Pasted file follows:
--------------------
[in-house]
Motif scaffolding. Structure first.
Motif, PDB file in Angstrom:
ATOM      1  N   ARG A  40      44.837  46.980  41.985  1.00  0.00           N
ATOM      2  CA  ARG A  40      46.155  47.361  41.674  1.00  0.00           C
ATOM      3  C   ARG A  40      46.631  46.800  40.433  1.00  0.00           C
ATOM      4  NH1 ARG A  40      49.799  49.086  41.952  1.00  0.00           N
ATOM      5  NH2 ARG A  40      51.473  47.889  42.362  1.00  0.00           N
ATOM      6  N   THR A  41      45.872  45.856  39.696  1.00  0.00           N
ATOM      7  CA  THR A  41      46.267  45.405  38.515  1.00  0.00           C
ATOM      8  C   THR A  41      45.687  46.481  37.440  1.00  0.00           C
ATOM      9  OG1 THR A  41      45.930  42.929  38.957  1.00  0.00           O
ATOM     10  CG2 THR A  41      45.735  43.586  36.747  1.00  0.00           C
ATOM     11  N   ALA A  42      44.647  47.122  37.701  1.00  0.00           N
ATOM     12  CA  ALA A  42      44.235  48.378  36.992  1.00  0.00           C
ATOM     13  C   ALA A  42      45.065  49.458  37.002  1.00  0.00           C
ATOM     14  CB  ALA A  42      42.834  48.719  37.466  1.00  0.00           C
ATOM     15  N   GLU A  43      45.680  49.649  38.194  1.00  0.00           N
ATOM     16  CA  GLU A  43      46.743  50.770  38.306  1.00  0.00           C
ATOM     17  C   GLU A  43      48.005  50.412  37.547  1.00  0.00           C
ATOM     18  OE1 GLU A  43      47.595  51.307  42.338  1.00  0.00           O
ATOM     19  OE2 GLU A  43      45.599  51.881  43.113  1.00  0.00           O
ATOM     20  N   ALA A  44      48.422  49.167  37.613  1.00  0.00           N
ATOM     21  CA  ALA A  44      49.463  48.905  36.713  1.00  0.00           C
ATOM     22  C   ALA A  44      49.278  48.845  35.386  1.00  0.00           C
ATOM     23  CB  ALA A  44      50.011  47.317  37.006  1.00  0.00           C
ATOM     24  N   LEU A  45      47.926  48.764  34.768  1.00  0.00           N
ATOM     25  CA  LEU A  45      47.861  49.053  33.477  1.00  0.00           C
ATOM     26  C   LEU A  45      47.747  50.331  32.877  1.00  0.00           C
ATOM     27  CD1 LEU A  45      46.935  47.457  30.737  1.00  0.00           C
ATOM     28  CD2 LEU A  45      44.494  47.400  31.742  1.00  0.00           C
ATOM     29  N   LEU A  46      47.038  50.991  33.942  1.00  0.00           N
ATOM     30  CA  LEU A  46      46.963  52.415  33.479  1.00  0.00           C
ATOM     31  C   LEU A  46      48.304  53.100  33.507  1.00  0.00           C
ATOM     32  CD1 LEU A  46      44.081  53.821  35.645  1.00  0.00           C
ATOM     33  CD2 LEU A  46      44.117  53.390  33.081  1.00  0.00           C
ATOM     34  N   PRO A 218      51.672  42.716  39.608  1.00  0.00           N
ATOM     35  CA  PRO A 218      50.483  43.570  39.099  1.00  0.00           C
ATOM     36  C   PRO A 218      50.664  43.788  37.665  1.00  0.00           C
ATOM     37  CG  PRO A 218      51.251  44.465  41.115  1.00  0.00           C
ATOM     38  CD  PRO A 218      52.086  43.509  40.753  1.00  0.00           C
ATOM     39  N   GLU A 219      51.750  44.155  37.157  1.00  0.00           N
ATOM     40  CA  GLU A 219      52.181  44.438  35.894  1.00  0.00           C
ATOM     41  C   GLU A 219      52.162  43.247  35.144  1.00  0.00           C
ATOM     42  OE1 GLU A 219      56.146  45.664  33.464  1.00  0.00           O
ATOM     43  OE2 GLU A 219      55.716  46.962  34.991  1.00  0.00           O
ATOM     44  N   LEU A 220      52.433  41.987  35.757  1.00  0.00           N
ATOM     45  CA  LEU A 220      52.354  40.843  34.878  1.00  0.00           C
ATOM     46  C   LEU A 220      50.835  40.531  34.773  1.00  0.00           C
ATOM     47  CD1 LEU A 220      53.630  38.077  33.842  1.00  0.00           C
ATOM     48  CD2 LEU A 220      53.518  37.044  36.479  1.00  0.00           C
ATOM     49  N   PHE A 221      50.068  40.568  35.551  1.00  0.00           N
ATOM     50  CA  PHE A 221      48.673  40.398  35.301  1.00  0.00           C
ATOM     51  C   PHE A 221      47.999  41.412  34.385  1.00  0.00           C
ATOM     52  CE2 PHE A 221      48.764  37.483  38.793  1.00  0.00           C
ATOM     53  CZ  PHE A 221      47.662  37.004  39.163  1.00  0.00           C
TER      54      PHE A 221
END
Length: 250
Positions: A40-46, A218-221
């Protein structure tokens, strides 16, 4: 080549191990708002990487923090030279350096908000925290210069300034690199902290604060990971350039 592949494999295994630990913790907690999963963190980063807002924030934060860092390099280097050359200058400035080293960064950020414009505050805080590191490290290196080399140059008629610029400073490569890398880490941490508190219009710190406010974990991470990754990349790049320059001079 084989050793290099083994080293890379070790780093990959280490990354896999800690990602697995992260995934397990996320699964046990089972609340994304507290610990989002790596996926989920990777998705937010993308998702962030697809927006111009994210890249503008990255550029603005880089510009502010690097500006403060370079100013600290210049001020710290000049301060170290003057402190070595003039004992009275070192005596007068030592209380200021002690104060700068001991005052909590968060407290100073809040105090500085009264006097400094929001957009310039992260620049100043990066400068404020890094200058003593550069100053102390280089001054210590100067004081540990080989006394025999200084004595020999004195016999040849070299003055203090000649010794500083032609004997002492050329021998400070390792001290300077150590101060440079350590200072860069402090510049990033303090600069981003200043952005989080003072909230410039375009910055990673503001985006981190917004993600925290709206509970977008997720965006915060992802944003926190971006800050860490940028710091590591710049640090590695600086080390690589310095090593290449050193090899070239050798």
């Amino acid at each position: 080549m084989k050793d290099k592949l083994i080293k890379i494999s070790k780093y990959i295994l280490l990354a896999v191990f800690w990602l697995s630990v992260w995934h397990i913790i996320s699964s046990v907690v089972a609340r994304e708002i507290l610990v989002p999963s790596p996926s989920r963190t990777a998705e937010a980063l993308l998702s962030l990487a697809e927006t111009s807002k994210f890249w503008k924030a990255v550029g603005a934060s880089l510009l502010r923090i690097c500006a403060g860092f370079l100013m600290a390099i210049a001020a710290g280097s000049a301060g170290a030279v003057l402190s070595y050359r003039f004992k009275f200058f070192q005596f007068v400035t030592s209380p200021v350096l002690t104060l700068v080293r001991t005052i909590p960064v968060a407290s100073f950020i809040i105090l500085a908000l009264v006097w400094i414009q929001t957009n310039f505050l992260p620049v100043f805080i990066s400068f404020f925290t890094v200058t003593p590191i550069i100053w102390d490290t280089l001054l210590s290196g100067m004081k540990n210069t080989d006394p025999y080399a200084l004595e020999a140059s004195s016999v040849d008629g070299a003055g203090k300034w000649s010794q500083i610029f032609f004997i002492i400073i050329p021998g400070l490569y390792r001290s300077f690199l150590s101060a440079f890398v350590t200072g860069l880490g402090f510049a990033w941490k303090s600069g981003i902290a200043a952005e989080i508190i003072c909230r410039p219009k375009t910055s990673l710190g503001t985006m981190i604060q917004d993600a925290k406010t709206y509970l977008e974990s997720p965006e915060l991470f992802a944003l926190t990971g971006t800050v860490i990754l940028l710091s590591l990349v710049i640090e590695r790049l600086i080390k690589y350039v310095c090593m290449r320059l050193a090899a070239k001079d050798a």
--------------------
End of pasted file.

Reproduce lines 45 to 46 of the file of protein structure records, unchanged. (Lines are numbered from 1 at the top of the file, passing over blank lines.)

ATOM     42  OE1 GLU A 219      56.146  45.664  33.464  1.00  0.00           O
ATOM     43  OE2 GLU A 219      55.716  46.962  34.991  1.00  0.00           O